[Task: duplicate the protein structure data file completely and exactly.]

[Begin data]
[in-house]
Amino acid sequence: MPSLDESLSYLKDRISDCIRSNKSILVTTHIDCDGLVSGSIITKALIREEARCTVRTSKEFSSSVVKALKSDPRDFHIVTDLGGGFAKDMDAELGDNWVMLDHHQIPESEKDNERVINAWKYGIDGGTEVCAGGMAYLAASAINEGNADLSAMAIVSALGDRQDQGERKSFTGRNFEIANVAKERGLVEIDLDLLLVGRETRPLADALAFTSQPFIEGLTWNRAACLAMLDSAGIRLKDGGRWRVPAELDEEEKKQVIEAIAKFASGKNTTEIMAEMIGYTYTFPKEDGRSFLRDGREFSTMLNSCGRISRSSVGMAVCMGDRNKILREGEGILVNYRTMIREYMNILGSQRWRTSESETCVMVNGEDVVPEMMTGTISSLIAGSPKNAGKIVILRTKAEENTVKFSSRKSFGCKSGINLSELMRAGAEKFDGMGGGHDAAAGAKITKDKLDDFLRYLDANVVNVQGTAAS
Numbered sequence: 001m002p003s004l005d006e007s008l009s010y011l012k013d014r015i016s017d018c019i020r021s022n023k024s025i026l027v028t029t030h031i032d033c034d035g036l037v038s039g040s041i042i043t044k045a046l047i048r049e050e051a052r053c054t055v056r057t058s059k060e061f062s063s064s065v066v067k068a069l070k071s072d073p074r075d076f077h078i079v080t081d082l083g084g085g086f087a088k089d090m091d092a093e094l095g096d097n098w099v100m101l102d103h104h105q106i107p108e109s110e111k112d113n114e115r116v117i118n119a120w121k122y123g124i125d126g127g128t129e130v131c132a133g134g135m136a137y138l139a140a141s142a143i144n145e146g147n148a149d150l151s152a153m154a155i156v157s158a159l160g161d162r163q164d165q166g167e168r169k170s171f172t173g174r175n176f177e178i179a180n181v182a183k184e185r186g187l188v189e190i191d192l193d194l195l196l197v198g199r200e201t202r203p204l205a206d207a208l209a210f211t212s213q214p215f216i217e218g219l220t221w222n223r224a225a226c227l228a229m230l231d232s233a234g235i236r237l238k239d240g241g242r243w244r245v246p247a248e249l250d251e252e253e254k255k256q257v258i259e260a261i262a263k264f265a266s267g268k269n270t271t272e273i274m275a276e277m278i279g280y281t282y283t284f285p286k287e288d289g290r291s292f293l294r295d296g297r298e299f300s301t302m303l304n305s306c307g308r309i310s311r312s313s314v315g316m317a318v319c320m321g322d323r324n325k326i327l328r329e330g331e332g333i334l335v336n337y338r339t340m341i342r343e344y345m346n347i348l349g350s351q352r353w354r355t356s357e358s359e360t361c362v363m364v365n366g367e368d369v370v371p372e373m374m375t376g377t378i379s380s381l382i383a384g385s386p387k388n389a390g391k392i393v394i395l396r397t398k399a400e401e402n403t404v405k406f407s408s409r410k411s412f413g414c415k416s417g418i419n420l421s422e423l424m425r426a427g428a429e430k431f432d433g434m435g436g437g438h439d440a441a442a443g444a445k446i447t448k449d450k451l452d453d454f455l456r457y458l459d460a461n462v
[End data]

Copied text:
[in-house]
Amino acid sequence: MPSLDESLSYLKDRISDCIRSNKSILVTTHIDCDGLVSGSIITKALIREEARCTVRTSKEFSSSVVKALKSDPRDFHIVTDLGGGFAKDMDAELGDNWVMLDHHQIPESEKDNERVINAWKYGIDGGTEVCAGGMAYLAASAINEGNADLSAMAIVSALGDRQDQGERKSFTGRNFEIANVAKERGLVEIDLDLLLVGRETRPLADALAFTSQPFIEGLTWNRAACLAMLDSAGIRLKDGGRWRVPAELDEEEKKQVIEAIAKFASGKNTTEIMAEMIGYTYTFPKEDGRSFLRDGREFSTMLNSCGRISRSSVGMAVCMGDRNKILREGEGILVNYRTMIREYMNILGSQRWRTSESETCVMVNGEDVVPEMMTGTISSLIAGSPKNAGKIVILRTKAEENTVKFSSRKSFGCKSGINLSELMRAGAEKFDGMGGGHDAAAGAKITKDKLDDFLRYLDANVVNVQGTAAS
Numbered sequence: 001m002p003s004l005d006e007s008l009s010y011l012k013d014r015i016s017d018c019i020r021s022n023k024s025i026l027v028t029t030h031i032d033c034d035g036l037v038s039g040s041i042i043t044k045a046l047i048r049e050e051a052r053c054t055v056r057t058s059k060e061f062s063s064s065v066v067k068a069l070k071s072d073p074r075d076f077h078i079v080t081d082l083g084g085g086f087a088k089d090m091d092a093e094l095g096d097n098w099v100m101l102d103h104h105q106i107p108e109s110e111k112d113n114e115r116v117i118n119a120w121k122y123g124i125d126g127g128t129e130v131c132a133g134g135m136a137y138l139a140a141s142a143i144n145e146g147n148a149d150l151s152a153m154a155i156v157s158a159l160g161d162r163q164d165q166g167e168r169k170s171f172t173g174r175n176f177e178i179a180n181v182a183k184e185r186g187l188v189e190i191d192l193d194l195l196l197v198g199r200e201t202r203p204l205a206d207a208l209a210f211t212s213q214p215f216i217e218g219l220t221w222n223r224a225a226c227l228a229m230l231d232s233a234g235i236r237l238k239d240g241g242r243w244r245v246p247a248e249l250d251e252e253e254k255k256q257v258i259e260a261i262a263k264f265a266s267g268k269n270t271t272e273i274m275a276e277m278i279g280y281t282y283t284f285p286k287e288d289g290r291s292f293l294r295d296g297r298e299f300s301t302m303l304n305s306c307g308r309i310s311r312s313s314v315g316m317a318v319c320m321g322d323r324n325k326i327l328r329e330g331e332g333i334l335v336n337y338r339t340m341i342r343e344y345m346n347i348l349g350s351q352r353w354r355t356s357e358s359e360t361c362v363m364v365n366g367e368d369v370v371p372e373m374m375t376g377t378i379s380s381l382i383a384g385s386p387k388n389a390g391k392i393v394i395l396r397t398k399a400e401e402n403t404v405k406f407s408s409r410k411s412f413g414c415k416s417g418i419n420l421s422e423l424m425r426a427g428a429e430k431f432d433g434m435g436g437g438h439d440a441a442a443g444a445k446i447t448k449d450k451l452d453d454f455l456r457y458l459d460a461n462v